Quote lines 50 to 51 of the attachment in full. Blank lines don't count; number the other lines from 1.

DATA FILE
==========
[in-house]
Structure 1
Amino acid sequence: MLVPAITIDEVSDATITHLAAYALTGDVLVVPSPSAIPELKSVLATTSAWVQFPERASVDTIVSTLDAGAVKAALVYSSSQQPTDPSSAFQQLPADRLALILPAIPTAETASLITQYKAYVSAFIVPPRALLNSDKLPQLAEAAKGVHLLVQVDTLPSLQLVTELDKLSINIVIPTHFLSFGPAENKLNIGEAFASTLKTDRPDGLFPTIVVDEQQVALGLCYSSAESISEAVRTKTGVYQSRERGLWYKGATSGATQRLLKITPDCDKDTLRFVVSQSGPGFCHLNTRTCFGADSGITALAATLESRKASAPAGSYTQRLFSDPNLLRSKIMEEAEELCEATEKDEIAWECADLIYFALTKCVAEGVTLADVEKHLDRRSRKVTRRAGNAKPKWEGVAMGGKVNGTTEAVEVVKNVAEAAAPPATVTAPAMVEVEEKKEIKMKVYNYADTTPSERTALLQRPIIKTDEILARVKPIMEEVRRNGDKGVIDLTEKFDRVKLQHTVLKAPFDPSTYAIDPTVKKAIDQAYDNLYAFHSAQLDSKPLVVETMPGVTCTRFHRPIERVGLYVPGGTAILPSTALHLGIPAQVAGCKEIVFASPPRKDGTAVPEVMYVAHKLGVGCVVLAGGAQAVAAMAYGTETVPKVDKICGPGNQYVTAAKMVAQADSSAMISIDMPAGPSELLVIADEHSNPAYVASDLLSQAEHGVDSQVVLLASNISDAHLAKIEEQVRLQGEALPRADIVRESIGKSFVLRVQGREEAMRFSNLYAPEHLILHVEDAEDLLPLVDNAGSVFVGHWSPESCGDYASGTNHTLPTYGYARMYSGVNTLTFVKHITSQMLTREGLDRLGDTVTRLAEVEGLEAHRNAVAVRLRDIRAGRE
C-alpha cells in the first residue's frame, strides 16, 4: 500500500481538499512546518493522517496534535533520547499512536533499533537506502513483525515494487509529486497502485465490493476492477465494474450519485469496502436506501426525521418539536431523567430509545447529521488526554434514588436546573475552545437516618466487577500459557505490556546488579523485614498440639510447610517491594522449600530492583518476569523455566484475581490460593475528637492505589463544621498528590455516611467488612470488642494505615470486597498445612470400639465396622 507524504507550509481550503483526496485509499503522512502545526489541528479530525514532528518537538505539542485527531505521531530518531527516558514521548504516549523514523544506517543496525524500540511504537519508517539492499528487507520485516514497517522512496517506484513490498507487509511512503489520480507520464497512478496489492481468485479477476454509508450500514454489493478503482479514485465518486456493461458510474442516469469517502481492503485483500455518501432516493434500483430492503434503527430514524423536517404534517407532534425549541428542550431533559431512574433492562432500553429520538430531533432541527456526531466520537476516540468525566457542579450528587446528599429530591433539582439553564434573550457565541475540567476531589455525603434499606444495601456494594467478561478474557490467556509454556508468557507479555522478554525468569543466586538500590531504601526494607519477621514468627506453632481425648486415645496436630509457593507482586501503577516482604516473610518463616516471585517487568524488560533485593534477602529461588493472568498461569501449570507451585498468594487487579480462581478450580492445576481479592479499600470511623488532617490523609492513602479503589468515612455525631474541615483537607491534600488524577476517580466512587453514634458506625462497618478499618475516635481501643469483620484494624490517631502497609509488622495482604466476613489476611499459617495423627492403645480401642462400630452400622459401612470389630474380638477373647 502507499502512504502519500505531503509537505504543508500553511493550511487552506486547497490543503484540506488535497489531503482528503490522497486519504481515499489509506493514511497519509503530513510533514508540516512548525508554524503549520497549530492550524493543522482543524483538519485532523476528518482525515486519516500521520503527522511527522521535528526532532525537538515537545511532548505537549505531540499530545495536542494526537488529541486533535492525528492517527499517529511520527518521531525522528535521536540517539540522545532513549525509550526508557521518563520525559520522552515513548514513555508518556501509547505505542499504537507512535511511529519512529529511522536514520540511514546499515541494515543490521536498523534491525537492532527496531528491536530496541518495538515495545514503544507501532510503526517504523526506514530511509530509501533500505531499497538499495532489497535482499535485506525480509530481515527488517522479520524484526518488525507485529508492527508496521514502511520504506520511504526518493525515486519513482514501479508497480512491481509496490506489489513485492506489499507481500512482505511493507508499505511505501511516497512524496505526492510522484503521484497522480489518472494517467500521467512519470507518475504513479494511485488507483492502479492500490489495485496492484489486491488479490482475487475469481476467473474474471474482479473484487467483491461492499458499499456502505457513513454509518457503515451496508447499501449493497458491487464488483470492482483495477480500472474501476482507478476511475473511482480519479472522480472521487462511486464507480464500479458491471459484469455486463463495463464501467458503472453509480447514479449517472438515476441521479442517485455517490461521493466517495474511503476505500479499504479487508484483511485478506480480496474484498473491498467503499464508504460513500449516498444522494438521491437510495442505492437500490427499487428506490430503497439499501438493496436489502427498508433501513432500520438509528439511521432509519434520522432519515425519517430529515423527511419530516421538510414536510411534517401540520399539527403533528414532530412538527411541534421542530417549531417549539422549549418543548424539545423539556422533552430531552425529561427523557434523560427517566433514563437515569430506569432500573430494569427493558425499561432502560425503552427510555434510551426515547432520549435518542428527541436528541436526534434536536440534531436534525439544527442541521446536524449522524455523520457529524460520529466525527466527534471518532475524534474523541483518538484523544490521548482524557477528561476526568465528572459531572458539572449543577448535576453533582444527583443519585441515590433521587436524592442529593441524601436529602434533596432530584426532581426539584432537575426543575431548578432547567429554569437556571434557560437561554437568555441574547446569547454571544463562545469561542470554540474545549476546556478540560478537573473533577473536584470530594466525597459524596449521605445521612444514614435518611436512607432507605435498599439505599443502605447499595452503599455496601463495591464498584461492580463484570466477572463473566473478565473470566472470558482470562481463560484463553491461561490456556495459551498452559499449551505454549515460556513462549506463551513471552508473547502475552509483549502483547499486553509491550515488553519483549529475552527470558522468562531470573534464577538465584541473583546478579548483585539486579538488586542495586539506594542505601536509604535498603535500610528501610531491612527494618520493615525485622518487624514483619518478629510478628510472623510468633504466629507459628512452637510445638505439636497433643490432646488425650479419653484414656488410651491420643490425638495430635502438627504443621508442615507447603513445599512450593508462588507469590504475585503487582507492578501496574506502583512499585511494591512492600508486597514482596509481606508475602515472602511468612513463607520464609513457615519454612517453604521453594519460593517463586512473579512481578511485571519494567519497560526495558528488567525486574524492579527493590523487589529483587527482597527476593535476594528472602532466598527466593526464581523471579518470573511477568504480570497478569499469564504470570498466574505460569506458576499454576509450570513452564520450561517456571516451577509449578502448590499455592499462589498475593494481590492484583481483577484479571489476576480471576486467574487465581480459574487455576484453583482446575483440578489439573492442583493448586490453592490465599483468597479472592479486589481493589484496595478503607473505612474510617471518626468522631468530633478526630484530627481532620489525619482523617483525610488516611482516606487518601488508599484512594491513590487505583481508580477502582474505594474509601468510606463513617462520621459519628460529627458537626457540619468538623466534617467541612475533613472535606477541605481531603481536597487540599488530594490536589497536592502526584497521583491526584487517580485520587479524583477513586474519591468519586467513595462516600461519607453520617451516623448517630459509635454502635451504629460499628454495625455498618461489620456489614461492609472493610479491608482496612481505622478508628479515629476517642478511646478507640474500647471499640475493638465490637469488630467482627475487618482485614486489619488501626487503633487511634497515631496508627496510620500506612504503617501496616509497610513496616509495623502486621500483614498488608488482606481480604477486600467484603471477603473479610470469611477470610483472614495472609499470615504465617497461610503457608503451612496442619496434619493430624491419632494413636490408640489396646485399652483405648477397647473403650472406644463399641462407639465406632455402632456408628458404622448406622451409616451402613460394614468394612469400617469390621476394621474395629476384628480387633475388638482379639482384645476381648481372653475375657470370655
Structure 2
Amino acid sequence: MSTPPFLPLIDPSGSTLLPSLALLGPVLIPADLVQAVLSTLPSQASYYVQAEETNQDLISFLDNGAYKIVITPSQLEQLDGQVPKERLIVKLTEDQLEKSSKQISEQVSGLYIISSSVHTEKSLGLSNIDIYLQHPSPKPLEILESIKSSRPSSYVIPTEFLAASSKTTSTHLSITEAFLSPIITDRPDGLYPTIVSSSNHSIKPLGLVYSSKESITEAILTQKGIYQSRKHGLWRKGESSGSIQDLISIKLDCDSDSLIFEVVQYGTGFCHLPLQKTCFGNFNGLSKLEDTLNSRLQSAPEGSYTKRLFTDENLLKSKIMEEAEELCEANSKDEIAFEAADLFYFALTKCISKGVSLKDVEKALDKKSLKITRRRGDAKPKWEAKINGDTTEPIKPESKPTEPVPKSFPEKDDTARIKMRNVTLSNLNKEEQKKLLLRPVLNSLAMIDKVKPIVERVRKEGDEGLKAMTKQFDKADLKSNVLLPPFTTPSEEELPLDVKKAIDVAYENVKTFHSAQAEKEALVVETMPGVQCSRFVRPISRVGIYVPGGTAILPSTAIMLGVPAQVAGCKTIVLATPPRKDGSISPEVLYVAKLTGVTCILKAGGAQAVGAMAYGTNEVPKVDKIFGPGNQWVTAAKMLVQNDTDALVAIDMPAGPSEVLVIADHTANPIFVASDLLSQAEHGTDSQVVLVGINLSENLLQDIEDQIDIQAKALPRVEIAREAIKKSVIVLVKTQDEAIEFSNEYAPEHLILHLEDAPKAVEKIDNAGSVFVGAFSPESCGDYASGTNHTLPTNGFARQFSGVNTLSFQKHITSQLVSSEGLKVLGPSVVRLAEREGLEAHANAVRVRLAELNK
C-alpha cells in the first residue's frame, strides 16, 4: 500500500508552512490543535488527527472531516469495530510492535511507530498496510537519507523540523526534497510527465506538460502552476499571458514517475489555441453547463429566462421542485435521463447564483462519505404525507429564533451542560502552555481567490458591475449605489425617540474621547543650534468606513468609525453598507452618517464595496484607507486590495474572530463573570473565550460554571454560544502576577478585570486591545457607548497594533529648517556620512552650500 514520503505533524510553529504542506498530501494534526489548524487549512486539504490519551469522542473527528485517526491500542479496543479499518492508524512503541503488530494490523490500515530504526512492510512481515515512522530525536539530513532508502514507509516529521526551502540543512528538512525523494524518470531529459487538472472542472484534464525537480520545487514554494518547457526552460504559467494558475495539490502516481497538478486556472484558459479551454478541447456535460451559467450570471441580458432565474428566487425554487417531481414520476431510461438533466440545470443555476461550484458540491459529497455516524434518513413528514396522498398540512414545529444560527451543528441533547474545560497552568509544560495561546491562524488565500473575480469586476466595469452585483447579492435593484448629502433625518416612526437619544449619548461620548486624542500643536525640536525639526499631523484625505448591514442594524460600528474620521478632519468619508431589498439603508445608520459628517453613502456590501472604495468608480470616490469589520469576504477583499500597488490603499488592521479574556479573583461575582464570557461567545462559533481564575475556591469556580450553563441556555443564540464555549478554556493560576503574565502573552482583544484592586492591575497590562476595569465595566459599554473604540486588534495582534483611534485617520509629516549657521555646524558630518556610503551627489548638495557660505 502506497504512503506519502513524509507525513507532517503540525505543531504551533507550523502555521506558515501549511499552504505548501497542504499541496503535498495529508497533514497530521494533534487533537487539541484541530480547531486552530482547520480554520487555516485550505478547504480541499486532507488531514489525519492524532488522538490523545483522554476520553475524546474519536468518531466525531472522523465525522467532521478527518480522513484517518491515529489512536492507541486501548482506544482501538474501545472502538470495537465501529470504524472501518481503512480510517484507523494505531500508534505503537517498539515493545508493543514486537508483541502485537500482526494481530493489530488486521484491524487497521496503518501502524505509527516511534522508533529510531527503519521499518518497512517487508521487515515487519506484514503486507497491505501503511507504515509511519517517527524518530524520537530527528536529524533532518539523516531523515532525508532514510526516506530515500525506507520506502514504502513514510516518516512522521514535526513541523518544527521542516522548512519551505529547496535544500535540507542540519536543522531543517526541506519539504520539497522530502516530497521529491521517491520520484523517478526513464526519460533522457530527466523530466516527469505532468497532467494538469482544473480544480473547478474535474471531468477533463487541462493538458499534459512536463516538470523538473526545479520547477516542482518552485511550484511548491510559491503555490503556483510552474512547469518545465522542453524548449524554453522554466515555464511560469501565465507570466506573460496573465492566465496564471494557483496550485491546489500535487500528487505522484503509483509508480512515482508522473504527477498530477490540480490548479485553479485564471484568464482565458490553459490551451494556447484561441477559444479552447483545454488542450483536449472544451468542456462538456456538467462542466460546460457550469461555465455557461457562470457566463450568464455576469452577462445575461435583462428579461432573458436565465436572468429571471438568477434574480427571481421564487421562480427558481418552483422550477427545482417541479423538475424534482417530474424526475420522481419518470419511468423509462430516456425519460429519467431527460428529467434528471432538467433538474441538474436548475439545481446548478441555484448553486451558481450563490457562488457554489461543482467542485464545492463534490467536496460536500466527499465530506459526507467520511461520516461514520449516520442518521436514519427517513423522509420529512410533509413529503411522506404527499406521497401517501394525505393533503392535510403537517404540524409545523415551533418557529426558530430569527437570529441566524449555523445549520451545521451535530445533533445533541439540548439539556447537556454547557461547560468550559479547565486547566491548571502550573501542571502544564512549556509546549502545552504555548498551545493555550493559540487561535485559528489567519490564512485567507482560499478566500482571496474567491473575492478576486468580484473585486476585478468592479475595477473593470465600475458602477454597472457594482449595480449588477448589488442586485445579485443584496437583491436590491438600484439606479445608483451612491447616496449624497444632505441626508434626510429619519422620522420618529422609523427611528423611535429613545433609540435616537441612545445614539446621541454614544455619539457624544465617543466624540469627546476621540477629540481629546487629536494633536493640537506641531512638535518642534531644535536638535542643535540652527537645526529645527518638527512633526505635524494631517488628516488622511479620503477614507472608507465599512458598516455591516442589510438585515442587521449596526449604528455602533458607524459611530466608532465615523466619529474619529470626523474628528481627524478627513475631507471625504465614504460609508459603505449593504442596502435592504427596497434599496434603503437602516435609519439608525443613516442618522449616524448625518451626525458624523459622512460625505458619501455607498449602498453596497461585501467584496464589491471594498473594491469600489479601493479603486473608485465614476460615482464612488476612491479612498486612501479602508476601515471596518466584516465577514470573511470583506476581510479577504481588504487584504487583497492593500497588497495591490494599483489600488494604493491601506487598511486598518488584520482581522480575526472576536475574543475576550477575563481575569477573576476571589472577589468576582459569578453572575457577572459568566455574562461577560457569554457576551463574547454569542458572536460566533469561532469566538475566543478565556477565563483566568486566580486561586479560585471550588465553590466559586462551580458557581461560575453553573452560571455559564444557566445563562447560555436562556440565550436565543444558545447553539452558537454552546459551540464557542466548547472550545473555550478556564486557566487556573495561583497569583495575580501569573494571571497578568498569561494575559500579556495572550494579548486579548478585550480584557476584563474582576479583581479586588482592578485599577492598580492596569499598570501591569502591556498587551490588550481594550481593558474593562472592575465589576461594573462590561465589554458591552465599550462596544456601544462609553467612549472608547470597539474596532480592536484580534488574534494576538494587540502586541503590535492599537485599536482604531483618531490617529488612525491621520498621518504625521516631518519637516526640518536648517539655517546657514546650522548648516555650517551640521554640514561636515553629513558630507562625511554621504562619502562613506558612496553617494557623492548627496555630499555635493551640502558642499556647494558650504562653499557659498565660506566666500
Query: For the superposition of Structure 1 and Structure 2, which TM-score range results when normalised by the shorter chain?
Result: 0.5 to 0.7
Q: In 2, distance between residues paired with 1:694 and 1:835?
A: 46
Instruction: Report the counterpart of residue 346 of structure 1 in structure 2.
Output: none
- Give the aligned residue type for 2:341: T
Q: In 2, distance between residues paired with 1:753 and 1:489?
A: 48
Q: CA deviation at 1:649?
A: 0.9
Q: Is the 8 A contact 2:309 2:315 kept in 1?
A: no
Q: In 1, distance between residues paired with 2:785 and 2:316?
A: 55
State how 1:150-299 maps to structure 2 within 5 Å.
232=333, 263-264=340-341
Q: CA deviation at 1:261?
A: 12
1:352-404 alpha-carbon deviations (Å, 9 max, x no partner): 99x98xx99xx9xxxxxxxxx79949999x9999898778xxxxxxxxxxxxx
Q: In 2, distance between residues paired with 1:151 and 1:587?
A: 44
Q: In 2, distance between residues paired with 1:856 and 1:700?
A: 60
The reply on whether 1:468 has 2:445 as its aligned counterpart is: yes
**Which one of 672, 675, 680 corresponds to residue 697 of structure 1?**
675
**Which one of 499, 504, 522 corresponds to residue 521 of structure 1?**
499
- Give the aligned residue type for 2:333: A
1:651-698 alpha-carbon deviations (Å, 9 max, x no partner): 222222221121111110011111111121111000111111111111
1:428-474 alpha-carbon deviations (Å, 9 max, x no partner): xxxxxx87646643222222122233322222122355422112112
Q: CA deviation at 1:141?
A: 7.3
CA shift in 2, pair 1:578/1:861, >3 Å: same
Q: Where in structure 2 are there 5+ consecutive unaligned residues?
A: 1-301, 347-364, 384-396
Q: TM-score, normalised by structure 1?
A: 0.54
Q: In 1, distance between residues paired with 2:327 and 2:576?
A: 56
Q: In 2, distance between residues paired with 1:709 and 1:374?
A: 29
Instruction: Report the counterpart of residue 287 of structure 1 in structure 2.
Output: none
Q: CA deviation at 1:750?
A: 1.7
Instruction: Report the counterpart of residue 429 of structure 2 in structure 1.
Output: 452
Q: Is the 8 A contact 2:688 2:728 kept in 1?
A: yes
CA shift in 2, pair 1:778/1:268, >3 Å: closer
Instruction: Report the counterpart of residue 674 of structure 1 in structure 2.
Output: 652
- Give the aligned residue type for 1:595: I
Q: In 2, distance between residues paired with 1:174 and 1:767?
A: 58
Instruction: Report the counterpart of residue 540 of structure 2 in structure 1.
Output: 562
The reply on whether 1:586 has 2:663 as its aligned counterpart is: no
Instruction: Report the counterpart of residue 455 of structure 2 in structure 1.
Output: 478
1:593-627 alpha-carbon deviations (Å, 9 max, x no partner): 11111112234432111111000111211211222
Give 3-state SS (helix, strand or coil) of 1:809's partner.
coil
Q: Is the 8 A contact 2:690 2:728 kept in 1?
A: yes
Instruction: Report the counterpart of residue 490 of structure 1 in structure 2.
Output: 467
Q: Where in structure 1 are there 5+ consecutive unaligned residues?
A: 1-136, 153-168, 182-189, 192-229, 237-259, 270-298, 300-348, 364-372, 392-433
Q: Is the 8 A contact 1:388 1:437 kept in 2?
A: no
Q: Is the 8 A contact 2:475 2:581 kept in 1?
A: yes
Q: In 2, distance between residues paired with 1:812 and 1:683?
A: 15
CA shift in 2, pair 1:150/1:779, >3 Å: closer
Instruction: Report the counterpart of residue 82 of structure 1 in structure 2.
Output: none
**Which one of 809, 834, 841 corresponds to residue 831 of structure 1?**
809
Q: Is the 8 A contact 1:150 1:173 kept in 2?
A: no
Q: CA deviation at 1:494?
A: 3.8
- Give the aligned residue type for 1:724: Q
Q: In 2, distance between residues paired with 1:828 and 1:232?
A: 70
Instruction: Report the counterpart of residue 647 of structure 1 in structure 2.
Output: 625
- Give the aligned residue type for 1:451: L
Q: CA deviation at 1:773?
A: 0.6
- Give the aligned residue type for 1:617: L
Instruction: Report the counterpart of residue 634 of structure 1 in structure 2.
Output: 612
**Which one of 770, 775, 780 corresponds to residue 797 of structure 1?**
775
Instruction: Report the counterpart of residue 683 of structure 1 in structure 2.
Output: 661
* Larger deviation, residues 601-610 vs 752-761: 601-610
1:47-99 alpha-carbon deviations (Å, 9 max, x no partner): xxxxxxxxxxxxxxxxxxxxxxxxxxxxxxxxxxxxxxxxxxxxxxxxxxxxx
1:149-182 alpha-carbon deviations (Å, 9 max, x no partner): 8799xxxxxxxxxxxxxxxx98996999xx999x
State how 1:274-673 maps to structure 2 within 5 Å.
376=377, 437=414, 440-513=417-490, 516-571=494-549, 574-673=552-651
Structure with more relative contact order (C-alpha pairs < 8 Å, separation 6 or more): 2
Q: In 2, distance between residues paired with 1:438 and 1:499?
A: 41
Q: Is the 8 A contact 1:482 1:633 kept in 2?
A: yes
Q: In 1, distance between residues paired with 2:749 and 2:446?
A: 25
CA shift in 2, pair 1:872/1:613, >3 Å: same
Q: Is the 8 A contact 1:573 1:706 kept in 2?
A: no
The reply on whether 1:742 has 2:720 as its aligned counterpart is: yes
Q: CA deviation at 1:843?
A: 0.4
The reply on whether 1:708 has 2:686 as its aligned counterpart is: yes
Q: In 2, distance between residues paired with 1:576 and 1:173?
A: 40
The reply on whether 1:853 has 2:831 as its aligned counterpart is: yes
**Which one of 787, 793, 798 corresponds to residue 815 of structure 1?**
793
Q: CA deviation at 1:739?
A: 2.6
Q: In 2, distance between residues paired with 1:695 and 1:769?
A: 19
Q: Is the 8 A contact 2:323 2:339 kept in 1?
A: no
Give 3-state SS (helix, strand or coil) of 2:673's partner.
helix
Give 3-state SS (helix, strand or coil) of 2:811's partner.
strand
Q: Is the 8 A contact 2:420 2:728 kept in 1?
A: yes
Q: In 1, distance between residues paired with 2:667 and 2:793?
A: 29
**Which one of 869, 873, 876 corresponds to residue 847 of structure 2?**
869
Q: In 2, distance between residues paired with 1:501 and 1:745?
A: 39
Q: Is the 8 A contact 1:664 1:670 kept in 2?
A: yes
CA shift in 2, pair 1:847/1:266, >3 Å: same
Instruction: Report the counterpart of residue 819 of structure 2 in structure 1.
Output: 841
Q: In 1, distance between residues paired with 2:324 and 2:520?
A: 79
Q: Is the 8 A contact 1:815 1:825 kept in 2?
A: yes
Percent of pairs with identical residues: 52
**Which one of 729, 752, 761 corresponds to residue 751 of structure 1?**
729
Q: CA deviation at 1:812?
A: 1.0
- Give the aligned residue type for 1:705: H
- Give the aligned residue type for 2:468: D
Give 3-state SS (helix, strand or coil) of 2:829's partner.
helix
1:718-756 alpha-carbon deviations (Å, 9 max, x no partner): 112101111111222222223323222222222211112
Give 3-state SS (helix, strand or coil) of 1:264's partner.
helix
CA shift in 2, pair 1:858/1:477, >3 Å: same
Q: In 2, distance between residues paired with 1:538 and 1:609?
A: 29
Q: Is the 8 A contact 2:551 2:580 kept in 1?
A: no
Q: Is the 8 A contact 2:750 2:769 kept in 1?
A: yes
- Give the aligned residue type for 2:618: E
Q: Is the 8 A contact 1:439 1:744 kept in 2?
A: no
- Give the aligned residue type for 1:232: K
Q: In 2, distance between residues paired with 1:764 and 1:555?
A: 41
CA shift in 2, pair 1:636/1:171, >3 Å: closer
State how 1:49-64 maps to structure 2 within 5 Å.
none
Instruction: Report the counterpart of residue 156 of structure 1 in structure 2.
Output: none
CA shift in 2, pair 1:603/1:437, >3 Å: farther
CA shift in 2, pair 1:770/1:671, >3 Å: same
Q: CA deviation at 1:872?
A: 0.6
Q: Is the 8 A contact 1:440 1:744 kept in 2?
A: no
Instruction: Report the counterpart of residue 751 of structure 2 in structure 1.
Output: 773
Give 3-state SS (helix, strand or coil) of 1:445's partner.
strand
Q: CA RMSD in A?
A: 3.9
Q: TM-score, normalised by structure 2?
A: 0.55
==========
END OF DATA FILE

A: 29
Instruction: Report the counterpart of residue 287 of structure 1 in structure 2.